Beating Burnout: Strategies for Reducing or Relieving Signs and Symptoms of Burnout
Recently, we talked about why or how burnout can be serious, as well as signs and symptoms of burnout.
In this article, we are going to share some strategies for beating burnout, or at the very least, for reducing or relieving signs and symptoms of burnout.
As we mentioned, it is not unusual for people to feel stress at work or even exhausted or overwhelmed with work from time to time. What we need to watch for is when the signs and symptoms of burnout become severe and chronic or long-term. Remembering, of course, that addressing burnout as soon as possible, gives us the best chance of mitigating it to the greatest extent.
Obviously, preventing burnout is desired over treating or trying to eliminate burnout that already exists. However, the strategy is really the same for both.
Primarily, the solution revolves around learning better mental and physical coping mechanisms, as well as working on our mindset in general, and learning how to manage our perceptions.
Specific strategies for treating burnout signs and symptoms can include:
- Redirecting our mindset to realize that perception isn’t always reality
- Changing our self-talk
- Taking a vacation (even “mini-vacations” can be super helpful)
- Practicing mindfulness
- Learning stress reduction
- Improving diet and fitness
- Improving time management
- Understanding how all of the above impact—and how improvement in these areas can also improve—wellbeing.
Unfortunately, a lot of well-meaning experts will tell us that we need to first try and manage the causes of our burnout and if we can’t, that maybe we should consider changing jobs or employers. Well, if we like our job, or we are the boss, then leaving our job may not be a viable answer. And truly, if we don’t work on the strategies above, then we will likely find that even if we change WHERE we work, burnout will simply follow us to the next job or company.
But how does improving the above areas work to help treat the signs and symptoms of burnout?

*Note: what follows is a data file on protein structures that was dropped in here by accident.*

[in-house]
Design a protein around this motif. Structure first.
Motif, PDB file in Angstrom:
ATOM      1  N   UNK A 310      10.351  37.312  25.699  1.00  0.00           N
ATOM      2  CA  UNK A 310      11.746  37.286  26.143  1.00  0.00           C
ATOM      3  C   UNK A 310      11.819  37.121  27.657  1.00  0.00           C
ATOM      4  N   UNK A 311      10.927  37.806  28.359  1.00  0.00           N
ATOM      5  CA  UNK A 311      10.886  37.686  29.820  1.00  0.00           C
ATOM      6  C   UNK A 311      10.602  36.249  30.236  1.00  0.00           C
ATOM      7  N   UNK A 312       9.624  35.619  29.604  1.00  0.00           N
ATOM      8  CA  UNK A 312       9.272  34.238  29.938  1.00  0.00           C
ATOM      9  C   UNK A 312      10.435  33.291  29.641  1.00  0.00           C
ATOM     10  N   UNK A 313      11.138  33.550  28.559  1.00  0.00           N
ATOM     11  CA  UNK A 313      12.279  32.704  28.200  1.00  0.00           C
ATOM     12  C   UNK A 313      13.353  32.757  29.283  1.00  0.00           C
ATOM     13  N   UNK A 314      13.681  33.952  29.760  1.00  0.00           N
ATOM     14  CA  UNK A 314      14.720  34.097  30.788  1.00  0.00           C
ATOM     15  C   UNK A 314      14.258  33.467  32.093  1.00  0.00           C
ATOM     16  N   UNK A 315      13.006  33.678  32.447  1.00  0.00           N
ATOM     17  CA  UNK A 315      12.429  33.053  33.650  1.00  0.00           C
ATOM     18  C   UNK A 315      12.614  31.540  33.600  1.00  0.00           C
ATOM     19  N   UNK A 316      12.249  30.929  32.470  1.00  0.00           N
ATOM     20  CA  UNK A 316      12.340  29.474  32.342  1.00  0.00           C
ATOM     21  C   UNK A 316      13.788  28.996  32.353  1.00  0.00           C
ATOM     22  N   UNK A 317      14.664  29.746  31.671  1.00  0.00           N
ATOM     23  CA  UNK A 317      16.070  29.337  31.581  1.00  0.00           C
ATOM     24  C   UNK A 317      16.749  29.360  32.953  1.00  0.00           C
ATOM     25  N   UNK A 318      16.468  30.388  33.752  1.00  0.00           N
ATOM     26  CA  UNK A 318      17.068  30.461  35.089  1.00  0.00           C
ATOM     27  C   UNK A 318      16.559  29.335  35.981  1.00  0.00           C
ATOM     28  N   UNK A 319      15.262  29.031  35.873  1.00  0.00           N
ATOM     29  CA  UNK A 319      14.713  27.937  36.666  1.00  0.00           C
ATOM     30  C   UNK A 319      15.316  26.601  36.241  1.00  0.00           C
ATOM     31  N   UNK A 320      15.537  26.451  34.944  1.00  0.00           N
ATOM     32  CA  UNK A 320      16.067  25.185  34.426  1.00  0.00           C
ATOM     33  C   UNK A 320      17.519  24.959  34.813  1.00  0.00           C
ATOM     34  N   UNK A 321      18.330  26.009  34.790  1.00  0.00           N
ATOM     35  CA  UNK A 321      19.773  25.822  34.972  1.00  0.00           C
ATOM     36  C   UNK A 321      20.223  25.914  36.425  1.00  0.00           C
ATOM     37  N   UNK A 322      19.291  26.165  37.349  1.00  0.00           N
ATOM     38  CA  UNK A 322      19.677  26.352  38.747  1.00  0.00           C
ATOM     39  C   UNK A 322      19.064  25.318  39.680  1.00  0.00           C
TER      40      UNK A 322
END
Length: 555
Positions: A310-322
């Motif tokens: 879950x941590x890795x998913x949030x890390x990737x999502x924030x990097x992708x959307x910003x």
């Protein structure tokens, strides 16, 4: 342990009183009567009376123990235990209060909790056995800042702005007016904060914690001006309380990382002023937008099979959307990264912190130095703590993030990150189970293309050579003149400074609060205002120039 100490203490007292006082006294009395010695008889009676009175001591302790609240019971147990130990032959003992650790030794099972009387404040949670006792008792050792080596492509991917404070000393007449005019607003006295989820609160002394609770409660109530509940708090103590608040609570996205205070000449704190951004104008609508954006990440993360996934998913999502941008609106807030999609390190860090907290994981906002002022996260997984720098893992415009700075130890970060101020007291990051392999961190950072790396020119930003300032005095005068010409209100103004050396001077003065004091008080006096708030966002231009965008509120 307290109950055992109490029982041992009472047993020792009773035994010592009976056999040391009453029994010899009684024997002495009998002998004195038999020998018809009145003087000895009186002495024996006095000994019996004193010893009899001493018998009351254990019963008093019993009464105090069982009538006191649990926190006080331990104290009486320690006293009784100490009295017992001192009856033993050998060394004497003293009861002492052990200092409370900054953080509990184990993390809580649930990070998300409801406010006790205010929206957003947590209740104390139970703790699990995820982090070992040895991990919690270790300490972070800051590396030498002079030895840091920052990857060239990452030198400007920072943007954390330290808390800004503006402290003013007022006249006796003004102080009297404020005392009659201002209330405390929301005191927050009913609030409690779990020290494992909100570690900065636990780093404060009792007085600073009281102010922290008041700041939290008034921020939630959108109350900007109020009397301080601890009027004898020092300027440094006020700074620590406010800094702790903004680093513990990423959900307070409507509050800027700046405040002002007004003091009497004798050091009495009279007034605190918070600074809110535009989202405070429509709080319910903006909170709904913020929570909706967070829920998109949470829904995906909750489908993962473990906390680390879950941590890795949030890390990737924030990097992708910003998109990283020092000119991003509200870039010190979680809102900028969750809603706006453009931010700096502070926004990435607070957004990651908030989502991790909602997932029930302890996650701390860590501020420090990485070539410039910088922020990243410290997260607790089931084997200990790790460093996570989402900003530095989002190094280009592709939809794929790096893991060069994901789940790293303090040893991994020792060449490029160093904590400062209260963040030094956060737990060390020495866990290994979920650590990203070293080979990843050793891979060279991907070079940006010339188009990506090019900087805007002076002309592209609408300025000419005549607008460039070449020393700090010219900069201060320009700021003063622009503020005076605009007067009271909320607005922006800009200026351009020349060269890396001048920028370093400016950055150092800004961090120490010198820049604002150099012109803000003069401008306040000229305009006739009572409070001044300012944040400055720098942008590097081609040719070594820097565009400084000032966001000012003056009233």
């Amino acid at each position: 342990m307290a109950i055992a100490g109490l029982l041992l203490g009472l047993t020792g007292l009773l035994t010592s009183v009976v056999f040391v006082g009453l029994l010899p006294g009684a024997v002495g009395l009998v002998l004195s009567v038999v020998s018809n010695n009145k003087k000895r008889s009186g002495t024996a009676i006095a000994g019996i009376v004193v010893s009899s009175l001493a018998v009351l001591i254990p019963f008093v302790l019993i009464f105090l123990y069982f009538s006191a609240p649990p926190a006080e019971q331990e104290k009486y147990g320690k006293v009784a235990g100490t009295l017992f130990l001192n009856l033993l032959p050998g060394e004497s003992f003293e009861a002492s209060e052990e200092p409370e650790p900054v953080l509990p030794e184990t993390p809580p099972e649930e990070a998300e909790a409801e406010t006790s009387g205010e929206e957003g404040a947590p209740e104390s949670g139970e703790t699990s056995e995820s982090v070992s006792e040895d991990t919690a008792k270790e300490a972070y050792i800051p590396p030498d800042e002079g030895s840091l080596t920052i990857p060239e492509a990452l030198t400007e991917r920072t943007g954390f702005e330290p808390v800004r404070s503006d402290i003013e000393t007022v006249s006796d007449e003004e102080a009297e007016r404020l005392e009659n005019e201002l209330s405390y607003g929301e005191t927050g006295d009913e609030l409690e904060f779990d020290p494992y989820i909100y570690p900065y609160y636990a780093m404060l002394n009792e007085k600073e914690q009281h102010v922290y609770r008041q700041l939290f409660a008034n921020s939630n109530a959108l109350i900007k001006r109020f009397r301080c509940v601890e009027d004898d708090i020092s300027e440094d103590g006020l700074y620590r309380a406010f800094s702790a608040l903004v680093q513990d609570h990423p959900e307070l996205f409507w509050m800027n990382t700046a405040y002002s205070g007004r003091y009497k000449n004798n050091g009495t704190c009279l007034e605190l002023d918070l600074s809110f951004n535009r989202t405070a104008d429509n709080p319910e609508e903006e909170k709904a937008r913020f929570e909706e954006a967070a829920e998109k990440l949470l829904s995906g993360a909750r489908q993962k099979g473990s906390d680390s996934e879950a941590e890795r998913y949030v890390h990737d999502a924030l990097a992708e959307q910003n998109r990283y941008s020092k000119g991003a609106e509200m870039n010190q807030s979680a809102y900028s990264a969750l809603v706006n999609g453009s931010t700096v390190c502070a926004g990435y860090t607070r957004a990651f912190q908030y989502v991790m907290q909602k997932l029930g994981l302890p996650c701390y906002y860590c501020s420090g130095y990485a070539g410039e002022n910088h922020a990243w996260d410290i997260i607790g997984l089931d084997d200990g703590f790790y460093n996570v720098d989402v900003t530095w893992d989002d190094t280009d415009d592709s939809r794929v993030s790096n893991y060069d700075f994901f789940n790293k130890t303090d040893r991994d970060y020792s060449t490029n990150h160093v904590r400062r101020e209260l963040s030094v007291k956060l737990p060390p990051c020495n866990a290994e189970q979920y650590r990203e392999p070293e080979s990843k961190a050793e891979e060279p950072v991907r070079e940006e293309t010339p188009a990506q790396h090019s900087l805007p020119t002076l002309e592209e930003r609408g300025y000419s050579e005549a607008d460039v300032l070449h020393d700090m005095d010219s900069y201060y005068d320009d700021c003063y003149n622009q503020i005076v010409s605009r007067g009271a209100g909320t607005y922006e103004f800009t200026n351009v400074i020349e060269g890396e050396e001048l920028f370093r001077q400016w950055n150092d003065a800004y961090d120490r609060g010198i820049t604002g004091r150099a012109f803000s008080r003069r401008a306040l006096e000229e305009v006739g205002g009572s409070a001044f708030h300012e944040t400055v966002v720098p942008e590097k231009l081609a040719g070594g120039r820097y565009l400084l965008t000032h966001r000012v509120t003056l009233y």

Again, the first thing we need to do is change the way we look not just at work, but at the world. It’s been found that more positive people experience less burnout. This is often because positive people tend to look for the positive side of things—such as the lessons learned from challenges, setbacks, and even “mistakes” or “failures.” This helps them be more resilient and higher resilience is associated with a lower frequency or incidence of burnout. Thus, we need to look at our perception if we are experiencing signs or symptoms of burnout and see if we need to make adjustments there.
This goes hand in hand with changing our self-talk. Our self-talk—or the words and ideas we use with ourselves when challenges arise, or when stress or pressure occurs—can definitely create or increase burnout.
And then, sometimes, just a good break will do a world of good. Very often, simply taking some personal time on the weekend where we totally avoid thoughts of work, email, etc., can really be beneficial for less serious cases of burnout. For more severe cases, sometimes a longer vacation or time away might be necessary.
Although, it’s critical to remember that if we don’t address or work on all the other strategies—from mindset and perception, to overall health, and even our time management skills—burnout could quickly return, even if a break or time away seems to temporarily solve burnout issues.
In upcoming weeks, we will share specific ideas for the other burnout prevention and treatment strategies. Helping beat and treat burnout is critical for today’s business owners, workers, and really, everyone who exists. Hopefully, the information we have shared and will be sharing will be helpful.